This story is provided and presented by our sponsor.
This Nov. 5, an extraordinary experience awaits metro Detroit audiences: a recital with world-renowned opera singer, Kathleen Battle. If the name doesn’t instantly resonate, it should. The soprano has performed in leading opera houses throughout the world with celebrated musicians including Luciano Pavarotti, Plácido Domingo and Wynton Marsalis, as well as many others. Among her numerous accolades, she holds five Grammy Awards, an Emmy Award and was the first American to receive the Laurence Olivier Award, the British equivalent of a Tony Award.
What metro Detroit audiences may not know is that she got her start in the Motor City with Michigan Opera Theatre. Battle was in her mid-20s when cast as Rosina in MOT’s 1976 production of “The Barber of Seville.” At the time, she was a recent graduate of the University of Cincinnati College-Conservatory of Music, where she had studied under the tutelage of Italo Tajo, a renowned operatic bass-turned-instructor who also happened to be a close friend of MOT Founder David DiChiera.
“He called and said, ‘You know, David, we have a young soprano here who I think is very talented, and I think you should hear her,’” DiChiera said. “’I think she may be somebody you may want to help promote in her career.’”
DiChiera heard her sing and knew then that she was the real deal.
“It was one of the most beautiful, pure-sounding soprano voices I had ever heard,” he said. “It was clear and so well-focused. Everything was ideal about her as a performer.”
With that, DiChiera offered her the role of Rosina for the following year, where she would go on to make her professional opera debut.
That production led to a performance with New York City Opera and another role with MOT the following season. This time, Battle portrayed Pamina in “The Magic Flute,” a role DiChiera described as being even more perfect for her.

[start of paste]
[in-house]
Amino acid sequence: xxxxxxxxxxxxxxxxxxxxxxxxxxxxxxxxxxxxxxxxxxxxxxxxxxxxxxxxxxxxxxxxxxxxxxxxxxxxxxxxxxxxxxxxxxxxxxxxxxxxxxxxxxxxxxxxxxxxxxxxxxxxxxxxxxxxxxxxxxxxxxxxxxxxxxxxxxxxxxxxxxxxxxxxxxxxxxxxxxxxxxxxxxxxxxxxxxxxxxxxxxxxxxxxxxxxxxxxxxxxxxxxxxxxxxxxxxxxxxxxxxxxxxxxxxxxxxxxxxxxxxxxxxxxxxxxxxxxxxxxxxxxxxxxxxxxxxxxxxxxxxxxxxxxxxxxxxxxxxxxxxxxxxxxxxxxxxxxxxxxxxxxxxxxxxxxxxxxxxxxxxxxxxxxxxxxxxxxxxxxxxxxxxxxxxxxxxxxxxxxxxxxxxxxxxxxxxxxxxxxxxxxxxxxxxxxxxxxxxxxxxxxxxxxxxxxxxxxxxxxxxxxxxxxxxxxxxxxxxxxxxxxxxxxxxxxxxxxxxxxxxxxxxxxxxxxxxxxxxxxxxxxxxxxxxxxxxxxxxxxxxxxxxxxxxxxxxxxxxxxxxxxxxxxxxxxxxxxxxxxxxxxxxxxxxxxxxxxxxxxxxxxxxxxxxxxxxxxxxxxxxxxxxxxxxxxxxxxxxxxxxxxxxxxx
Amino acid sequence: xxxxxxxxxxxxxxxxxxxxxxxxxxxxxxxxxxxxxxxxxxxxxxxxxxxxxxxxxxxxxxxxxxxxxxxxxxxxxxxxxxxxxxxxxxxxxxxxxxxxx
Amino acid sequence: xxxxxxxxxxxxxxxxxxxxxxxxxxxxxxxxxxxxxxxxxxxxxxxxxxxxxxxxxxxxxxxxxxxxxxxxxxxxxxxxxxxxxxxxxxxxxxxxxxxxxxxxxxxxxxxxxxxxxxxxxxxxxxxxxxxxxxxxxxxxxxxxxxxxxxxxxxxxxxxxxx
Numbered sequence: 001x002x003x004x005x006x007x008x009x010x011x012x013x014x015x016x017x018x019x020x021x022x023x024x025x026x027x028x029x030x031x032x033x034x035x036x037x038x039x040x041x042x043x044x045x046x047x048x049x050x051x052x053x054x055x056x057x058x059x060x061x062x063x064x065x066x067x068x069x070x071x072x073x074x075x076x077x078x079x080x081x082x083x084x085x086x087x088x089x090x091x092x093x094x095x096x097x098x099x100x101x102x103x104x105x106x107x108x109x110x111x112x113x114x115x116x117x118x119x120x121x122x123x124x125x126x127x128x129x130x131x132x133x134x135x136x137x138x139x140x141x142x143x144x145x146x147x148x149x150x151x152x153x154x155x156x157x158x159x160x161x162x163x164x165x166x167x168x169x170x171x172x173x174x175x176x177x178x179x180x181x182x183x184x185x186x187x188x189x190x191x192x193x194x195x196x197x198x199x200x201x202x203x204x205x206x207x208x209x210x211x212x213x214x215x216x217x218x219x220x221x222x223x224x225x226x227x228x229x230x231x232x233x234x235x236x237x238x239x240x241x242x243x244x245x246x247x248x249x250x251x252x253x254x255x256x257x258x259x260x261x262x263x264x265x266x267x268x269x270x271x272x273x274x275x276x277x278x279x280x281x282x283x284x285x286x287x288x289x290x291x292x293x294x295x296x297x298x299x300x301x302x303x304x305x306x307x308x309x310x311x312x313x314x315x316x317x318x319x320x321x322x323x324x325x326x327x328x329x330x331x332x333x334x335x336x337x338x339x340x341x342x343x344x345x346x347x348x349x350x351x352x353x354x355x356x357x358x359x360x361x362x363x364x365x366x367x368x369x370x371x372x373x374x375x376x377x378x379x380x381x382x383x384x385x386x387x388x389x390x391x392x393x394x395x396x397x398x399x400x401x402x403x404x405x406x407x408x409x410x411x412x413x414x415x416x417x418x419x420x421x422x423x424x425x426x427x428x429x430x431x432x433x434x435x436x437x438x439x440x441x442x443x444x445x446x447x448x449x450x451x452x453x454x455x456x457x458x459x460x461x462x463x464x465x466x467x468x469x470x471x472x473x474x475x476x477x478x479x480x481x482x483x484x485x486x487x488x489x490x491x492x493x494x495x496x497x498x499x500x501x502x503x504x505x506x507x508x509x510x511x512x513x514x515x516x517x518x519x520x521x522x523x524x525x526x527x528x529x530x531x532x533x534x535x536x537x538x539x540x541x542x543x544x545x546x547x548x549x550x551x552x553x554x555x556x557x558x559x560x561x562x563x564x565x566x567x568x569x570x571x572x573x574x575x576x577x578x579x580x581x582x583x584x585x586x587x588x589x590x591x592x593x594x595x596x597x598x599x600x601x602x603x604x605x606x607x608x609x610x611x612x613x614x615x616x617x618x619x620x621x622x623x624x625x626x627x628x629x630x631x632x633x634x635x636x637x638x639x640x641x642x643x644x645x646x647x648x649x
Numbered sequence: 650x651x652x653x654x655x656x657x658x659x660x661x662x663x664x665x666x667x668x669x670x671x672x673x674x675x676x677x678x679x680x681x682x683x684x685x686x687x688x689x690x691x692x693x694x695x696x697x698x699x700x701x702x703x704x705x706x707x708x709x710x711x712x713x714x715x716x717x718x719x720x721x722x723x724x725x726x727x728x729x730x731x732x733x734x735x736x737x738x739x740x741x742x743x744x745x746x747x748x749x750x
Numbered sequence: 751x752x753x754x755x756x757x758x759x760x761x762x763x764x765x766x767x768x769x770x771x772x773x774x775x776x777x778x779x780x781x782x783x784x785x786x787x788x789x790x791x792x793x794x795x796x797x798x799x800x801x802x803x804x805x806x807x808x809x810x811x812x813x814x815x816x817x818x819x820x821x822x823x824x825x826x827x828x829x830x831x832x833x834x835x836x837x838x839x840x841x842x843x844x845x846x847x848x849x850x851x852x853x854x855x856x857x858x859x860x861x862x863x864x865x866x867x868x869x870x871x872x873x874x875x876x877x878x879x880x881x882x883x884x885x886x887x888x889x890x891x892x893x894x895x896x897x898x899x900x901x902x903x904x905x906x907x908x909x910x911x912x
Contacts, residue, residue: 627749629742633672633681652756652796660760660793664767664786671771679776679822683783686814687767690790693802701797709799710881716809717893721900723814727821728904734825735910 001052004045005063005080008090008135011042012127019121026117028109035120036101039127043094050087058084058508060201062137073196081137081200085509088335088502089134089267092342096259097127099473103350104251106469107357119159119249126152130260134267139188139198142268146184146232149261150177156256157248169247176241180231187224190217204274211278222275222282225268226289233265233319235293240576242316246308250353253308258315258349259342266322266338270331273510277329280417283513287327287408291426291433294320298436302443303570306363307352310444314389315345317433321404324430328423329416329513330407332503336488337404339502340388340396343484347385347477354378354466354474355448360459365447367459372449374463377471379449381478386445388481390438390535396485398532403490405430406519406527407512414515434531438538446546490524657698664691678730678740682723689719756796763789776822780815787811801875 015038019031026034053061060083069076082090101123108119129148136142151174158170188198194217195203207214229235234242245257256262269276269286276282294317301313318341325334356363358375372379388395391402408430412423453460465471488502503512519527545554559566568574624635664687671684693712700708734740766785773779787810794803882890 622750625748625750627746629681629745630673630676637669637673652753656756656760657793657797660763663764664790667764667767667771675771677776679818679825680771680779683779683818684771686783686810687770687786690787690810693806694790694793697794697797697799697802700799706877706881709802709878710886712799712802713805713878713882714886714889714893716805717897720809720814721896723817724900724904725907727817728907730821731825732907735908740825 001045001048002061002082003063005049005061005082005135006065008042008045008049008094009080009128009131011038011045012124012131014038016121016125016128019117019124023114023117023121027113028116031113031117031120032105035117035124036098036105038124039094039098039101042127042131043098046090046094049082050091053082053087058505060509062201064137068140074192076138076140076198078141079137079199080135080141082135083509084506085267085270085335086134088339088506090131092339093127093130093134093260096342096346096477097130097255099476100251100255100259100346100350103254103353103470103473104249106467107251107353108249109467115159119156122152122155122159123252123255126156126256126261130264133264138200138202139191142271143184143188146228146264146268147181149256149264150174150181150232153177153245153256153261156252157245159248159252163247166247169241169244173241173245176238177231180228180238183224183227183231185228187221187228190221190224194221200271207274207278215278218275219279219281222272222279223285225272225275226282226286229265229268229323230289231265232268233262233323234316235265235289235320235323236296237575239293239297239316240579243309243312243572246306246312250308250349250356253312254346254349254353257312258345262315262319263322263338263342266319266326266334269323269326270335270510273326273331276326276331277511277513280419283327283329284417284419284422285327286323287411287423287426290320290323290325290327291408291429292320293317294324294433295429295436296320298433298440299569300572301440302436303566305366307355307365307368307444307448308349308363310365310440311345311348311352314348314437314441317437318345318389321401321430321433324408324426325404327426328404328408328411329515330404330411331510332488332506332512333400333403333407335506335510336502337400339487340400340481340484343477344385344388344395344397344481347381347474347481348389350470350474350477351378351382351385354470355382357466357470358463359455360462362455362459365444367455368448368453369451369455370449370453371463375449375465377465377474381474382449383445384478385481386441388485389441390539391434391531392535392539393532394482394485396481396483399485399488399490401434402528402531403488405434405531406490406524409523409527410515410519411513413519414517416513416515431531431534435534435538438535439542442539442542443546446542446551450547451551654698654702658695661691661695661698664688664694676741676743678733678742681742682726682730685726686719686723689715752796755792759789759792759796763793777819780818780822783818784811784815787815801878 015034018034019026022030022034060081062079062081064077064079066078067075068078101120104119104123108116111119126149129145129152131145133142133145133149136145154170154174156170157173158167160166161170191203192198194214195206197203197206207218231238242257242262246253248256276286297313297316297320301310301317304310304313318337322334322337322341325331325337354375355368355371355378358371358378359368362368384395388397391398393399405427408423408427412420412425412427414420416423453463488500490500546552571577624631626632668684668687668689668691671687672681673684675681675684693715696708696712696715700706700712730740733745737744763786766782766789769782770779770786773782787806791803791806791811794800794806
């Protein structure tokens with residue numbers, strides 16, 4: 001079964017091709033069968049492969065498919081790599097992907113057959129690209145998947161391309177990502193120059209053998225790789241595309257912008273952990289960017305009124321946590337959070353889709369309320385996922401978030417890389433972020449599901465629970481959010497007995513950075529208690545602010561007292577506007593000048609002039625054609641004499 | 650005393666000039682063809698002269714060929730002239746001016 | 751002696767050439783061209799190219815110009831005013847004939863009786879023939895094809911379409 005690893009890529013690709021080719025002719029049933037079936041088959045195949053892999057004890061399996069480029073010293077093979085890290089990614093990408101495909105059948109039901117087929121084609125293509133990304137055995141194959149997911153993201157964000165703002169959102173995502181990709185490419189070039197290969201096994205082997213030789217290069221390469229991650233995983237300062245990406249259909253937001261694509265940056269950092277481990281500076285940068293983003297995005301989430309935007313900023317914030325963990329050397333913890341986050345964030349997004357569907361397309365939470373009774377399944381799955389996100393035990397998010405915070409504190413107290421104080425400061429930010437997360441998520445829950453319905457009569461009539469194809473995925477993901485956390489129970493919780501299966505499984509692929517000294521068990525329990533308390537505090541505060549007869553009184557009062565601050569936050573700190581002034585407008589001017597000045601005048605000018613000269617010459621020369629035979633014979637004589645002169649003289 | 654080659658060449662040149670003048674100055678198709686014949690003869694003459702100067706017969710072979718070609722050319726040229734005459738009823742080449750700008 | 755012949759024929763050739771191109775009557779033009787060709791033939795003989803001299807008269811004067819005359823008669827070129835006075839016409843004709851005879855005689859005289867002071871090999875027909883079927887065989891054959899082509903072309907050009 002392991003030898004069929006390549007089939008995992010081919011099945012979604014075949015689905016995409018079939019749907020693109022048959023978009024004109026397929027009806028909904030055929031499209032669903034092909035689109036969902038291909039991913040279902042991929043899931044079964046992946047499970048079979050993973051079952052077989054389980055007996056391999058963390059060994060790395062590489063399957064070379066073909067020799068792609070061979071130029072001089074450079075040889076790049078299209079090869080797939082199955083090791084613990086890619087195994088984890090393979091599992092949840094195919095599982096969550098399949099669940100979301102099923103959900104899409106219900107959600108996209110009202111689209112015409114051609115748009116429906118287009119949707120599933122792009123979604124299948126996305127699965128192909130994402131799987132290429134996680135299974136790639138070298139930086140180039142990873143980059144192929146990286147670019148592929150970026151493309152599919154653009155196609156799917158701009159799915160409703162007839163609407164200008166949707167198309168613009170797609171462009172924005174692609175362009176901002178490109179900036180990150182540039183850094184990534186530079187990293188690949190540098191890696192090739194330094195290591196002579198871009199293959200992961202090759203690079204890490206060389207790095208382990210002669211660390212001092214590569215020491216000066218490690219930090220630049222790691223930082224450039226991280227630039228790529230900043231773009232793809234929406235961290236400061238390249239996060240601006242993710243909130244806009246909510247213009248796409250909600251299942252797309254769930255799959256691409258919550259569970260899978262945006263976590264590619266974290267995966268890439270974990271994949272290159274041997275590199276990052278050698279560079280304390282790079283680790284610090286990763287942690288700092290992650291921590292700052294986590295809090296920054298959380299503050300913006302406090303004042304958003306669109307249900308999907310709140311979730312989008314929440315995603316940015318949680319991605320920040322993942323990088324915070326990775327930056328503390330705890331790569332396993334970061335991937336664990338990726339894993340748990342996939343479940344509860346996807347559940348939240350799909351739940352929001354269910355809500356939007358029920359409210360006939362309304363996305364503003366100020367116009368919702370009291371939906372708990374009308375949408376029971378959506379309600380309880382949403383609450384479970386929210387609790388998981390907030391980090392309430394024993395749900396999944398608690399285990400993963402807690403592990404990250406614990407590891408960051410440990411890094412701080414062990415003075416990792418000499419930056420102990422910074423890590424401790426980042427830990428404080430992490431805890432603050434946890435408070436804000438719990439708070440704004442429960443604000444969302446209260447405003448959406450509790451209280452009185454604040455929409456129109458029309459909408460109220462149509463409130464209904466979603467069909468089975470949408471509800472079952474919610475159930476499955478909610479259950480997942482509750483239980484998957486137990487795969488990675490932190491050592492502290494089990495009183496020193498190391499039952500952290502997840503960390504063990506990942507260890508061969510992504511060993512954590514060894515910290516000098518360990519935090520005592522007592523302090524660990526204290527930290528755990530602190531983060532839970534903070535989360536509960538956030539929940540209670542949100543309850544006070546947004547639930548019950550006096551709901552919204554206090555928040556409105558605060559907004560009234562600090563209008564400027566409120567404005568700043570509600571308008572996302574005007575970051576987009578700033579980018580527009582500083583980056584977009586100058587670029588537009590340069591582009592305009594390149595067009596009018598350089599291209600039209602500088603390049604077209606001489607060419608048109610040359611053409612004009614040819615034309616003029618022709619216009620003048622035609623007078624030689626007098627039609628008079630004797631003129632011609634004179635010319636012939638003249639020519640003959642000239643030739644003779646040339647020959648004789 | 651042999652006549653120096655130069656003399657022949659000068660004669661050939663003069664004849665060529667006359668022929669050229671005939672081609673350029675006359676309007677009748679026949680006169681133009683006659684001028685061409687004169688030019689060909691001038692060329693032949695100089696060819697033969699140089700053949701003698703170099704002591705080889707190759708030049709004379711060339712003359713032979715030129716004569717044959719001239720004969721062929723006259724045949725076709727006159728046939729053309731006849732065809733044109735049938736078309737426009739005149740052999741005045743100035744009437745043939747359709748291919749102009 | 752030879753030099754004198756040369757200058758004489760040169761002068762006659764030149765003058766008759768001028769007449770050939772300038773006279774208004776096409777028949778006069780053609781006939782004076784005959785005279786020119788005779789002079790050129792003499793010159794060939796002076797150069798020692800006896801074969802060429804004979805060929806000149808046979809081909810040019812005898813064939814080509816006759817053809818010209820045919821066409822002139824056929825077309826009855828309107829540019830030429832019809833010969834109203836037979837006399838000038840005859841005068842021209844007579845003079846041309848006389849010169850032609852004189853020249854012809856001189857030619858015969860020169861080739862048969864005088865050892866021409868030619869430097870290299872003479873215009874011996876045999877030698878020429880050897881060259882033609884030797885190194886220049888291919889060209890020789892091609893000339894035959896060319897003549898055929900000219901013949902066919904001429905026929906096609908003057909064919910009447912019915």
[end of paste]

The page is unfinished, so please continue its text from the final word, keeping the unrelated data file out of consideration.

“It’s very pure, lyric singing,” he said. “There weren’t any sopranos that sang like that.”
From there, Battle was introduced to James Levine, the music director of the Metropolitan Opera, and the rest is history.
Since then, Battle has had a long career performing with The Met and the most prestigious opera companies and orchestras from San Francisco to Vienna and Chicago to Berlin.
In addition to DiChiera, Battle also has a longstanding relationship with the rest of MOT’s leadership team: Principal Conductor Stephen Lord and CEO and President Wayne S. Brown.
Lord was beginning his career as a pianist and vocal coach with MOT at the same time Battle was beginning hers as a singer.
“It has been an incredible journey for us both, and I am happy to reunite with her at MOT after all these years,” he said. “Her talent is incredible, and we are excited to share it with our Metro Detroit audiences.”
Brown said he’s been following Battle’s career since he first heard her sing “Semele” at Carnegie Hall in 1985. Since then, Brown has heard her numerous times and has presented her in performance.
“Kathleen Battle is one of the most remarkable artists of our time,” he said. “We are fortunate to be able to have her return to Detroit under the auspices of Michigan Opera Theatre.”
When she returns to Detroit this Sunday, Battle will offer a program entitled “Something to Sing About,” showcasing her wide range of vocal styles, accompanied by pianist Joel A. Martin. The works she’s slated to perform include classics from Handel, Schubert, Mendelssohn, Rachmaninoff and Liszt. It also includes lighter works from Gershwin and Rogers & Hammerstein, as well as a number of spirituals.
DiChiera said Battle’s performance is a rare treat that is not to be missed.
“I am very proud that she made her operatic debut at Michigan Opera Theatre and equally proud to see how quickly her career took off,” DiChiera said. “She became one of the most significant sopranos in the world of opera, and we are excited to have her back with us once again.”
Ticket prices range from $33 to $89. Tickets may be purchased online at www.MichiganOpera.org, by calling (313) 237-7464 or in person at the Detroit Opera House (1526 Broadway, Detroit). For more information visit michiganopera.org/opera/kathleen-battle/.
This story is provided and presented by our sponsor Michigan Opera Theatre.
Members of the editorial and news staff of The Detroit News were not involved in the creation of this content.